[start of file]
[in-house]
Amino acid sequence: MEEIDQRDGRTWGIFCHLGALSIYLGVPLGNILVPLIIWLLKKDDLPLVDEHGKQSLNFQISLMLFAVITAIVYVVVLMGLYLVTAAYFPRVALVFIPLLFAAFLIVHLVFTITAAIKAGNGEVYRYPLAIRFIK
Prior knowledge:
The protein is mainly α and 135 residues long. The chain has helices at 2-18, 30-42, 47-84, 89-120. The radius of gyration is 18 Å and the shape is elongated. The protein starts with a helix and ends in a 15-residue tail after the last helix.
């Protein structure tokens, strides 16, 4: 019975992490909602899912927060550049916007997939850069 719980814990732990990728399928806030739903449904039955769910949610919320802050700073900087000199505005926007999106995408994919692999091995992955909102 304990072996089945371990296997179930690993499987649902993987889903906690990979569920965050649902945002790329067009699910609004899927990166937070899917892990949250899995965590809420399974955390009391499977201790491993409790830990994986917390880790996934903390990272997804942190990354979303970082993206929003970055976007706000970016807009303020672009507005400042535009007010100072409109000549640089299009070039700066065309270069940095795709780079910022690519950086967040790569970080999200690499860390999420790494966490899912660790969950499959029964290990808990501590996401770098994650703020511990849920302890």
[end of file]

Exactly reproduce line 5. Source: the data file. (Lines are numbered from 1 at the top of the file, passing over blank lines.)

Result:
């Protein structure tokens, strides 16, 4: 019975992490909602899912927060550049916007997939850069 719980814990732990990728399928806030739903449904039955769910949610919320802050700073900087000199505005926007999106995408994919692999091995992955909102 304990072996089945371990296997179930690993499987649902993987889903906690990979569920965050649902945002790329067009699910609004899927990166937070899917892990949250899995965590809420399974955390009391499977201790491993409790830990994986917390880790996934903390990272997804942190990354979303970082993206929003970055976007706000970016807009303020672009507005400042535009007010100072409109000549640089299009070039700066065309270069940095795709780079910022690519950086967040790569970080999200690499860390999420790494966490899912660790969950499959029964290990808990501590996401770098994650703020511990849920302890």